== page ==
He was reveling in the glory as a Super Bowl champion, and he was more than a bit player for the Indianapolis Colts. He could have been the game's MVP.
Rhodes blew it.
He blew a .09, and he blew his best opportunity to show he could be somebody's leading man in 2007.
Rhodes is certain his past transgressions still follow him. He has been arrested for DUI and domestic abuse. Two years ago, he was suspended as a repeat offender under the NFL's substance abuse policy.
As a free agent again this year, he wasn't pursued nearly as much as he figured. He did turn 30 in January. Signing a running back at that age is tantamount to buying a gallon of milk a day before the expiration date.
|Stan Liu/US Presswire|
|After being cut by the Raiders, Rhodes returned to Indianapolis last season and ran for 538 yards and six touchdowns.|
But Rhodes was coming off a productive season with the Colts. He gained 840 total yards as Addai's backup. He said he's happy to be with the Bills, but he thought he would've had more options.
"I was upset with how it went," Rhodes said. "I really figured I would get more interest and more teams would be coming to get me.
"But I sat back and realized some of the mistakes I made. I messed up."
Two weeks after running for a game-high 113 yards and a touchdown to help the Colts beat the Chicago Bears in Super Bowl XLI, Rhodes was failing field-sobriety tests at 3 a.m. on the Interstate-65 shoulder in Indianapolis.
Police arrested Rhodes for DUI, but the blunder didn't cost him right away. Three weeks later, the Oakland Raiders signed him to a two-year contract worth $7.5 million. And his legal problems improved. He pleaded guilty to reckless driving and had the DUI charges dropped.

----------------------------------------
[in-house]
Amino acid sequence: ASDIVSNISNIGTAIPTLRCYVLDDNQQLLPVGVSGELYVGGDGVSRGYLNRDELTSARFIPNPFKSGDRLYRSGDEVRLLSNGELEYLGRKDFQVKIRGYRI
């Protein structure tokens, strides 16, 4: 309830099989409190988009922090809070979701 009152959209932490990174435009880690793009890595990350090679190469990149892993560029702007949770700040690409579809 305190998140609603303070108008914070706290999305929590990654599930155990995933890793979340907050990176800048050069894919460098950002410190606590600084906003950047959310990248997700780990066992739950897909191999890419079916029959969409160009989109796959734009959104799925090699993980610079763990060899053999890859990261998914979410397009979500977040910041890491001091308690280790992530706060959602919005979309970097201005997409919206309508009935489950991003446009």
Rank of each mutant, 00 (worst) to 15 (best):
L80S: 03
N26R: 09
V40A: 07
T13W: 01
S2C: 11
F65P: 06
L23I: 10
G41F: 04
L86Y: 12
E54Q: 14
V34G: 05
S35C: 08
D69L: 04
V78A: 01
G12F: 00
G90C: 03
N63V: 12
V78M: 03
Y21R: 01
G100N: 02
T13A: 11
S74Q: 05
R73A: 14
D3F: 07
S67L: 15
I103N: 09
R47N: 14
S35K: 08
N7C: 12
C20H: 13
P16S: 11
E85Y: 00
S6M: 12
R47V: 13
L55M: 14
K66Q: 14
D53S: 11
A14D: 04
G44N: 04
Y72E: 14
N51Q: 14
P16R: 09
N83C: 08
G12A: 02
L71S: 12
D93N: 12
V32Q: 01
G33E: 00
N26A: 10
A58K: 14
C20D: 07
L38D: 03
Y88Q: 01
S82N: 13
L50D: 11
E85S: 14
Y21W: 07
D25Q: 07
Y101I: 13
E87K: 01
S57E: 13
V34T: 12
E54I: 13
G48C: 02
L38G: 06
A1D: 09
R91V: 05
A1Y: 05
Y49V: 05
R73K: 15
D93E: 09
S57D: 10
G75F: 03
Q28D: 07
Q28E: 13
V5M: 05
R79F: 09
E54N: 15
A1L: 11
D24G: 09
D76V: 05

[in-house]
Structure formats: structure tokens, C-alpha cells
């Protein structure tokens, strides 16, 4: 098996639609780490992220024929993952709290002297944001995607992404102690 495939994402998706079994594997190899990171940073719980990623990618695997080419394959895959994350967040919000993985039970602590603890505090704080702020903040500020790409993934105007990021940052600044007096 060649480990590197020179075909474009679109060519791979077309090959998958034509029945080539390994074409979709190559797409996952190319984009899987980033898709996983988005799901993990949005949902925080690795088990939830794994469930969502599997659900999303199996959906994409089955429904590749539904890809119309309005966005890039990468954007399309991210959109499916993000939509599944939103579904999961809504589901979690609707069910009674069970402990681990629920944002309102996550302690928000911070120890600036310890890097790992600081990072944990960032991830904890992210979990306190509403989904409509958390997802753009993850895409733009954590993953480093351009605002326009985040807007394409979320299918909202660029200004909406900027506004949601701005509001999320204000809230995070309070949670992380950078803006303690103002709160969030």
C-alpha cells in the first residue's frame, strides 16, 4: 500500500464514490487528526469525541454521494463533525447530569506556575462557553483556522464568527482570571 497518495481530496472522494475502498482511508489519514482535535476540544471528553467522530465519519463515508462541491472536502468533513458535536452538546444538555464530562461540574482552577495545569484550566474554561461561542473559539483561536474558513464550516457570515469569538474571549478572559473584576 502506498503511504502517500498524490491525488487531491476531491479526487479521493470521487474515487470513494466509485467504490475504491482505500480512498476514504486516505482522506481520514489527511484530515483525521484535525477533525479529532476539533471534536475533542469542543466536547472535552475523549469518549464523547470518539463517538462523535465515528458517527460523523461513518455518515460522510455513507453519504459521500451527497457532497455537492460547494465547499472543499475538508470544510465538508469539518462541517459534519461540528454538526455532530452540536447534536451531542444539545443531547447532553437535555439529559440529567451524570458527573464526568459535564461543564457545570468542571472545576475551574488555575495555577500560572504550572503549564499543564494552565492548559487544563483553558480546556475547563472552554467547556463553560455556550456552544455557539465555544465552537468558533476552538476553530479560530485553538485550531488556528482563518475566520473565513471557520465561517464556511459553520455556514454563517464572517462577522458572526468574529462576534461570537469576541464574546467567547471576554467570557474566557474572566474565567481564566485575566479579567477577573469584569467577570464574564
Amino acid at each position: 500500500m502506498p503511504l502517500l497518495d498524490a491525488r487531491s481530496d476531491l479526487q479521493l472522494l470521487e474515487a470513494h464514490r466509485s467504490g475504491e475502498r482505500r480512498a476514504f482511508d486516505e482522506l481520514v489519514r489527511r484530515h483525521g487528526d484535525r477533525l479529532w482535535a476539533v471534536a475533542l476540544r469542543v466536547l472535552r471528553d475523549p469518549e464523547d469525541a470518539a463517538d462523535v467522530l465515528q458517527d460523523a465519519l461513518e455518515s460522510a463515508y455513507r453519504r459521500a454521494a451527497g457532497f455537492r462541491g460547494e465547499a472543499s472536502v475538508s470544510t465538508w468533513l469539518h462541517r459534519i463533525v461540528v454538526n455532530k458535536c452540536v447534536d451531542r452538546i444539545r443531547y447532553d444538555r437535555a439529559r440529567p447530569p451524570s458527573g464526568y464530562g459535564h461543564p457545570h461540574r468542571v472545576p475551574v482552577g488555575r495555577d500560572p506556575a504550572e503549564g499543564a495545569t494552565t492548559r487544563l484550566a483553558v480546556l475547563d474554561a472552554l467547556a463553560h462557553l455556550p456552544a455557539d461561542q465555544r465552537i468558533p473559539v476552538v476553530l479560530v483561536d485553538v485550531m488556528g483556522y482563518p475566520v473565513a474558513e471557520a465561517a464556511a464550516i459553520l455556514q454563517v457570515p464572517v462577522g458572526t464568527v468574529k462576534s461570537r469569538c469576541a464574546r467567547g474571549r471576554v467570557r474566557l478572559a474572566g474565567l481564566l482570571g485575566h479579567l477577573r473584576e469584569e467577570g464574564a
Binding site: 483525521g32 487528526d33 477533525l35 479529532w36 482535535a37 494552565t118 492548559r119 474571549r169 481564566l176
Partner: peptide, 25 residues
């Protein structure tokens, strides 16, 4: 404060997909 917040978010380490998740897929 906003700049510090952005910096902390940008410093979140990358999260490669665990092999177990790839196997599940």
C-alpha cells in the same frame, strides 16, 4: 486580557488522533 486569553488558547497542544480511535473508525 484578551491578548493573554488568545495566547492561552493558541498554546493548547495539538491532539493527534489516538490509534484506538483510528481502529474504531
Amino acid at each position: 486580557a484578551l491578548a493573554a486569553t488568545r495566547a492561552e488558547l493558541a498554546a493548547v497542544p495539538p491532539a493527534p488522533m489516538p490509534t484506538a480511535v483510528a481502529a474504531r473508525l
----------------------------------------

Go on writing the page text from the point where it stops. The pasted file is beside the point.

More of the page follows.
Rhodes was in the clear. Or so he thought.
The NFL suspended him the first four games of 2007 as a repeat offender under its substance abuse policy. Rhodes forfeited almost $353,000 in game checks and fell out of favor with the Raiders' front office. They cut him after the season.
The undrafted overachiever from tiny Midwestern State had done so much to make it in NFL, but he prevented himself from experiencing all that was possible.
"More than the money, when you're 75 or 80 years old, you're going to look back on the opportunities missed," said Carolina Panthers quarterback Josh McCown, who was Rhodes' training camp roommate with the Raiders. "Those are going to be your regrets, regardless if there's a dollar sign attached or not. He realizes that was a missed opportunity. As a competitor in this business, you hate to miss any opportunity."
In 2002, Rhodes was arrested for domestic battery. Rhodes avoided a conviction. The judge placed him in a diversion program and mandated counseling.
"I'm not shying away from the fact I got in trouble," Rhodes said. "It's out there. People know. I'm ready to talk about it and make amends for it and help anyone else who needs help with it."
The timing of his DUI and the four-game suspension torpedoed his chance to become a feature back.
When he joined the Raiders, he fully expected to emerge as the starter. But in the first three games he was away from the team, LaMont Jordan rushed for 70, 159 and 121 yards. In Week 4, Jordan ran for 74 yards, while Justin Fargas ran for 179 yards.
"The four weeks off really hurt him in his heart because he missed being around us and playing the game," McCown said. "That's when it really set in what had happened.
"Even moving forward there was a thought process 'I'll sign with Oakland and win this appeal and go play and be opening day starter and parlay that into something bigger.' When the suspension came down, it was a blow to what he was hoping to get accomplished."
Rhodes played only six games for Oakland. He had only 24 yards through his first three appearances. He started the last two, rushing for more than 100 yards in each loss.